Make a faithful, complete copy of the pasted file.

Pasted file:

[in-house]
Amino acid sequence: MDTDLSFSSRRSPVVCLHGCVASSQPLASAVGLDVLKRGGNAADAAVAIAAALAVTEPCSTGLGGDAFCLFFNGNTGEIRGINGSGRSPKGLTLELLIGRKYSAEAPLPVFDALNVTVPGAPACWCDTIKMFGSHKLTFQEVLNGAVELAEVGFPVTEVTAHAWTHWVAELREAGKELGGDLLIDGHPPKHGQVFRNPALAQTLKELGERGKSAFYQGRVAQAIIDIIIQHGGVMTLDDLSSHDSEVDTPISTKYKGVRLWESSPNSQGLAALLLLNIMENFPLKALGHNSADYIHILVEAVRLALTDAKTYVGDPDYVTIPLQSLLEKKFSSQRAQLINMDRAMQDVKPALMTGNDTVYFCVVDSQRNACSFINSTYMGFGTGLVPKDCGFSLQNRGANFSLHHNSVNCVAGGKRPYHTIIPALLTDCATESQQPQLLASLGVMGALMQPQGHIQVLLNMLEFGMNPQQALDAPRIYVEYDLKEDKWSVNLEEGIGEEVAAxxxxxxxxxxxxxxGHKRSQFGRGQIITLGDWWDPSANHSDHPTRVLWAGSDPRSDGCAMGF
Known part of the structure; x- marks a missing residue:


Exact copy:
[in-house]
Amino acid sequence: MDTDLSFSSRRSPVVCLHGCVASSQPLASAVGLDVLKRGGNAADAAVAIAAALAVTEPCSTGLGGDAFCLFFNGNTGEIRGINGSGRSPKGLTLELLIGRKYSAEAPLPVFDALNVTVPGAPACWCDTIKMFGSHKLTFQEVLNGAVELAEVGFPVTEVTAHAWTHWVAELREAGKELGGDLLIDGHPPKHGQVFRNPALAQTLKELGERGKSAFYQGRVAQAIIDIIIQHGGVMTLDDLSSHDSEVDTPISTKYKGVRLWESSPNSQGLAALLLLNIMENFPLKALGHNSADYIHILVEAVRLALTDAKTYVGDPDYVTIPLQSLLEKKFSSQRAQLINMDRAMQDVKPALMTGNDTVYFCVVDSQRNACSFINSTYMGFGTGLVPKDCGFSLQNRGANFSLHHNSVNCVAGGKRPYHTIIPALLTDCATESQQPQLLASLGVMGALMQPQGHIQVLLNMLEFGMNPQQALDAPRIYVEYDLKEDKWSVNLEEGIGEEVAAxxxxxxxxxxxxxxGHKRSQFGRGQIITLGDWWDPSANHSDHPTRVLWAGSDPRSDGCAMGF
Known part of the structure; x- marks a missing residue: